Because the moment in which a computer becomes better at impersonating a human of Type A than another human of Type B (man and woman would be one obvious choice, perhaps some other Types could be used also ) is able to do is not influenced so much by "what the interrogator thinks a computer is able to do or not."

Comment: How about replacing it with the ORIGINAL Test (Score 2) 129

by aix tom (#49011837) Attached to: Replacing the Turing Test

The original Turing Test, as published in "Computing Machinery and Intelligence" as "Imitation Game" was not about whether a machine could successfully pretend to be a human.

He proposed a test, where a computer and men both pretended to be women, and the test would be passed if the computer would be more successful in lying about being a woman than the men were.


Comment: A better Firefox alternative (for me) was PaleMoon (Score 1) 158

by aix tom (#48916625) Attached to: Opera Founder Is Back, WIth a Feature-Heavy, Chromium-Based Browser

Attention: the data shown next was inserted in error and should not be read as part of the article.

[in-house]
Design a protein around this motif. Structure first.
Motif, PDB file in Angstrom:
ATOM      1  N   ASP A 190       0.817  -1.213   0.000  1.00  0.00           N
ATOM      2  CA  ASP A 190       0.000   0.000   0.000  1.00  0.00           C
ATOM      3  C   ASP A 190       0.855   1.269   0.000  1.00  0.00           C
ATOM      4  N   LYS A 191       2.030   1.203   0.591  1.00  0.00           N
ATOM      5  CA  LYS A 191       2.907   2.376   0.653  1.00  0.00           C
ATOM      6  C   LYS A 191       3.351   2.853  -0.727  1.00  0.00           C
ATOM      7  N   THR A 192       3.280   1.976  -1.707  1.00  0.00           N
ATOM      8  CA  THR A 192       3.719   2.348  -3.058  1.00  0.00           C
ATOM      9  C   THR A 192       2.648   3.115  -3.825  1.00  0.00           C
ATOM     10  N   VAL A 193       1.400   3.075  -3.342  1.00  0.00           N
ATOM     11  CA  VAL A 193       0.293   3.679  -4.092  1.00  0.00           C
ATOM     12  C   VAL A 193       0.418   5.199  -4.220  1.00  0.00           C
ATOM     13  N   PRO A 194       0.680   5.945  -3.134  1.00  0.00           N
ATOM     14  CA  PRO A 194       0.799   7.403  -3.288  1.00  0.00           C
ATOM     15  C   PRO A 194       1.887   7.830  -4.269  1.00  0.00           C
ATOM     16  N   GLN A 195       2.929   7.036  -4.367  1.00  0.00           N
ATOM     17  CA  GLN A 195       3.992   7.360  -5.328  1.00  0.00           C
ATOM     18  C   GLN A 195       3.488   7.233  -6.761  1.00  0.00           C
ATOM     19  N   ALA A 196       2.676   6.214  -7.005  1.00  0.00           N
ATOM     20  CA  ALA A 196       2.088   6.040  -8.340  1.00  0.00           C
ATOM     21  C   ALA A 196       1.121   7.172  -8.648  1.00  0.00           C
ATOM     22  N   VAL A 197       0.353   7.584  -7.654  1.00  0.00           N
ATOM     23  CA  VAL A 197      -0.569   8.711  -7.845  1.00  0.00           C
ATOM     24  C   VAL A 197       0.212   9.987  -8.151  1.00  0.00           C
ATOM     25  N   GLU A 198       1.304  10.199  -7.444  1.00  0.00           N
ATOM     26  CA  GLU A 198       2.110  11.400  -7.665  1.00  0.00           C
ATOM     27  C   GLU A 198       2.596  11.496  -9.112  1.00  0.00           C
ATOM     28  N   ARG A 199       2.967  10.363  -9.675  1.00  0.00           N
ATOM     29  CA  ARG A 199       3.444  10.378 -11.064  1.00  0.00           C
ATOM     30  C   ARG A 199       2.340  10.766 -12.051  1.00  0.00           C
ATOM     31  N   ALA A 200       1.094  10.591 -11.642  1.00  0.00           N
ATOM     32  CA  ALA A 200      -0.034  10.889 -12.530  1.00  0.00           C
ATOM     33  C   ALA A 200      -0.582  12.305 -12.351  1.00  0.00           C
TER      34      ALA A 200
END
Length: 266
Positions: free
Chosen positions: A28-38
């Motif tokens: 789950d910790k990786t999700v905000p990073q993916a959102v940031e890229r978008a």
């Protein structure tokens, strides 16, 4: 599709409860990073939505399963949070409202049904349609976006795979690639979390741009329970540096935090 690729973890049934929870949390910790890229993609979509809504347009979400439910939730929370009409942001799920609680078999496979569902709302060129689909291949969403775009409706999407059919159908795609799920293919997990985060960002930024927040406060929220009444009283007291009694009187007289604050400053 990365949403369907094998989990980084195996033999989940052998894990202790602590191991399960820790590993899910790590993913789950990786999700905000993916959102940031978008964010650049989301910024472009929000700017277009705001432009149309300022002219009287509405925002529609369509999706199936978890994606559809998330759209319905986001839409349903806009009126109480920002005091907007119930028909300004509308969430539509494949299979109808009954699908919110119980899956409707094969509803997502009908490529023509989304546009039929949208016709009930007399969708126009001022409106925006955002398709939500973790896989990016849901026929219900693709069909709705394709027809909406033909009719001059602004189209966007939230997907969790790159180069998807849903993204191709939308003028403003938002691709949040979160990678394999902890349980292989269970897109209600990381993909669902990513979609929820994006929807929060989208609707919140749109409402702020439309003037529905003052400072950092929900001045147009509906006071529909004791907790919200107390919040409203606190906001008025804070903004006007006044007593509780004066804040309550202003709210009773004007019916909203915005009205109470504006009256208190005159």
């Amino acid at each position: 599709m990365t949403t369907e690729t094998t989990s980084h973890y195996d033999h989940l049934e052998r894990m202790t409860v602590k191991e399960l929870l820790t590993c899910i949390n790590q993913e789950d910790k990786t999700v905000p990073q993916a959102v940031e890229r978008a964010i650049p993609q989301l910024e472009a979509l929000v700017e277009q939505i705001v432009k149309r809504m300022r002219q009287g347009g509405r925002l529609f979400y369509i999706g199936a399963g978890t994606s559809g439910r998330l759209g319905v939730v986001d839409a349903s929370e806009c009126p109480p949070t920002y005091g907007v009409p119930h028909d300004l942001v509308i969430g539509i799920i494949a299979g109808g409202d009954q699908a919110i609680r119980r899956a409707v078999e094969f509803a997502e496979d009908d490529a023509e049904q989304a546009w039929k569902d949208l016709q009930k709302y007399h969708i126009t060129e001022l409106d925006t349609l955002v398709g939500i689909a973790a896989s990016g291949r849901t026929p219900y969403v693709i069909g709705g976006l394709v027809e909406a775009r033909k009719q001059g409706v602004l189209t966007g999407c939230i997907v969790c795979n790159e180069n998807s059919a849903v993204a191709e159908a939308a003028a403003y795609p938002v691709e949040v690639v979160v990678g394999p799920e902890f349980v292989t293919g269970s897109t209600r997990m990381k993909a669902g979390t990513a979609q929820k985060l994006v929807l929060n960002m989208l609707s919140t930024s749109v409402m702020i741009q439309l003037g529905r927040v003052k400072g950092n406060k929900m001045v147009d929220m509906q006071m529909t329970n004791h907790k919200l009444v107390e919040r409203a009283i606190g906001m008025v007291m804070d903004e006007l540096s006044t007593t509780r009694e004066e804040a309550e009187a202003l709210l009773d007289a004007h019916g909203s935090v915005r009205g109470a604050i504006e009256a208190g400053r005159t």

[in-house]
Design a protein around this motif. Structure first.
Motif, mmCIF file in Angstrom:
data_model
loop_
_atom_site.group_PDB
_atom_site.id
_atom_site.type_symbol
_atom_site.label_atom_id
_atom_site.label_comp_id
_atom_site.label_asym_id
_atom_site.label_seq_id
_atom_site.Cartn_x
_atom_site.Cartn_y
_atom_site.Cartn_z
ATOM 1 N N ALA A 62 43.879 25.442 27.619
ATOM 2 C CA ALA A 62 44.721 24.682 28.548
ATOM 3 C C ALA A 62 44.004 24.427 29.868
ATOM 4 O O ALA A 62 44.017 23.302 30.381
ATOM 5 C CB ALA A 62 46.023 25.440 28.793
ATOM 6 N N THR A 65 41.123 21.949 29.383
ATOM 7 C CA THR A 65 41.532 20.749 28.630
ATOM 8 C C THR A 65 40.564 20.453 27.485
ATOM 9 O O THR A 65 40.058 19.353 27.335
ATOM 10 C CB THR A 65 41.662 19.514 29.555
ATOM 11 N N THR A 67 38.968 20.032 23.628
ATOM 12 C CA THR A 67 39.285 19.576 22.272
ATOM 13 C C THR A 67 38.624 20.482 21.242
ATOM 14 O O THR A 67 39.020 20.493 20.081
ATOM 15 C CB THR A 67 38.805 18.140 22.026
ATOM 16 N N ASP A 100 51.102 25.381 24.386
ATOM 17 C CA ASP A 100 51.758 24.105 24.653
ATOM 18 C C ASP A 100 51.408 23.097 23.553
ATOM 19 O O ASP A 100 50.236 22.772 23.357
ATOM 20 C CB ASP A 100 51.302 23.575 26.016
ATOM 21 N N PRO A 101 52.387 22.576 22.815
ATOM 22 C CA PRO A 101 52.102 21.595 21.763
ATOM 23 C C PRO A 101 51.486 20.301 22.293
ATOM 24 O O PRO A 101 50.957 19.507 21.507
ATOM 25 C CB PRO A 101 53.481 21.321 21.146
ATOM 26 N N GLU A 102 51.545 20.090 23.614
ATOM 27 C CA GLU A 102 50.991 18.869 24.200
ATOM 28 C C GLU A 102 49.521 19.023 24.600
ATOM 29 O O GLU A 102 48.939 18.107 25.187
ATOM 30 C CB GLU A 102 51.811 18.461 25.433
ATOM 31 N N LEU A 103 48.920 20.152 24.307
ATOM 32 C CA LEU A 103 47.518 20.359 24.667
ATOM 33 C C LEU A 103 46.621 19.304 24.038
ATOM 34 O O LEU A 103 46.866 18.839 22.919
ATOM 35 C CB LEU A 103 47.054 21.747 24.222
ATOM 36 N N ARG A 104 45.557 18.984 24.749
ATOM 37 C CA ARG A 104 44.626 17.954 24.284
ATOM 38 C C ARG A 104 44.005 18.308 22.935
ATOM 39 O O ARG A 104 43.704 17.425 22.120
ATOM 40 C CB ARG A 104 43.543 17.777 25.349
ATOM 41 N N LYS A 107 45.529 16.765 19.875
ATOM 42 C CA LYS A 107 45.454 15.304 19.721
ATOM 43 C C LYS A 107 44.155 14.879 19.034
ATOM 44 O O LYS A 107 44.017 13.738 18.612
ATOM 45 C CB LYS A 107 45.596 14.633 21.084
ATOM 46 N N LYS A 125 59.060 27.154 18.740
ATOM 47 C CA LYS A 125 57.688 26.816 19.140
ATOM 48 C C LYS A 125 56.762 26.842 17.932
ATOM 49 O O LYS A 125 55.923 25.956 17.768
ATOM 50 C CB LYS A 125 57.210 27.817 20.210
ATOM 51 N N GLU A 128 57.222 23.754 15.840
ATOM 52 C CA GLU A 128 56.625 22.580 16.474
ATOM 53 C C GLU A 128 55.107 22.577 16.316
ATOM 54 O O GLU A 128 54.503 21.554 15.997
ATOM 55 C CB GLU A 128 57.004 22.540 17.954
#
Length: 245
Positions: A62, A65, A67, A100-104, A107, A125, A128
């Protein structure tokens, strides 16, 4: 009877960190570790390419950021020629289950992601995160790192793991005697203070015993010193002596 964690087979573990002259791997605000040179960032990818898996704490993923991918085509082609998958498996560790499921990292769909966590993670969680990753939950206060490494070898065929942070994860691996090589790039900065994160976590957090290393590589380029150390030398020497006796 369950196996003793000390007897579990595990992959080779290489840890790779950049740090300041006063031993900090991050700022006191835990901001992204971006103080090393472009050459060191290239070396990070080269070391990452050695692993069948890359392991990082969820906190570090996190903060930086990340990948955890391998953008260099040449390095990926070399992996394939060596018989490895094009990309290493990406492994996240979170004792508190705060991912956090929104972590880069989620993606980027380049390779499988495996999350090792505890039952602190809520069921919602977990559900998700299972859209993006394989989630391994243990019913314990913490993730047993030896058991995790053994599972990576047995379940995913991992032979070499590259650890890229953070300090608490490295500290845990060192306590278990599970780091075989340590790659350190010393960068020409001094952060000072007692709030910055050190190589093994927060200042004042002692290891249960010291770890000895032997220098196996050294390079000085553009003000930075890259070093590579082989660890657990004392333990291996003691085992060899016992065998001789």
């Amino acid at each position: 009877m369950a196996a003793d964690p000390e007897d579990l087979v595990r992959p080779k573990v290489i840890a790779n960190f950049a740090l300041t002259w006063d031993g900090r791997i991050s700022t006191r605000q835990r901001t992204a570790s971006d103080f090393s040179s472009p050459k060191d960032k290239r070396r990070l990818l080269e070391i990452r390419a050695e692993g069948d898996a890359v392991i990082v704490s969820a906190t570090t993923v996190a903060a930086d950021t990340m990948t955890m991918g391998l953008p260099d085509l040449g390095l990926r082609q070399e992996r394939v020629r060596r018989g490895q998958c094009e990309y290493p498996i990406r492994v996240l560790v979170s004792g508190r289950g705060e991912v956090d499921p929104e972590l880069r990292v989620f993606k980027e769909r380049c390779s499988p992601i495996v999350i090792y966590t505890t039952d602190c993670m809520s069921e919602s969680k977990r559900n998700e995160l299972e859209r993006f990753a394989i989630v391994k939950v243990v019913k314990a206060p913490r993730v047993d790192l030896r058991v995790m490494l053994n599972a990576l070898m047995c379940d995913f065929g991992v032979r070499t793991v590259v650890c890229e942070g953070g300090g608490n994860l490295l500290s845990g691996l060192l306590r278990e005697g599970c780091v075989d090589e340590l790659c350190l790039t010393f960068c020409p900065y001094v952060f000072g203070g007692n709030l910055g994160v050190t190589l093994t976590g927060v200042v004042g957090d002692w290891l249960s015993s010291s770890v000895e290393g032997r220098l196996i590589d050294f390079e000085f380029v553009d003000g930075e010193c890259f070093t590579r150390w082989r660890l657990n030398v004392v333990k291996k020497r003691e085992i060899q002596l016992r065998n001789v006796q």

It feels "less quirky" than Seamonkey, and some of the Extensions that I have used for years ( Like Tree Style Tab) work with PaleMoon while they don't in Seamonkey.

And with the "Firefox 3 Theme for Firefox 4+ Reloaded" I finally feel at home again on the Internet.

Comment: Re:Tabs on side?? How about tabs on BOTTOM. (Score 2) 117

by aix tom (#48848359) Attached to: With Community Help, Chrome Could Support Side Tabs Extension

I just defected to Pale Moon two month ago.

Absolutely brilliant. Firefox as it used to be. Configurable like it was in the good old days, with that Australis interface ripped out. (And even returned to a sane version numbering scheme lately).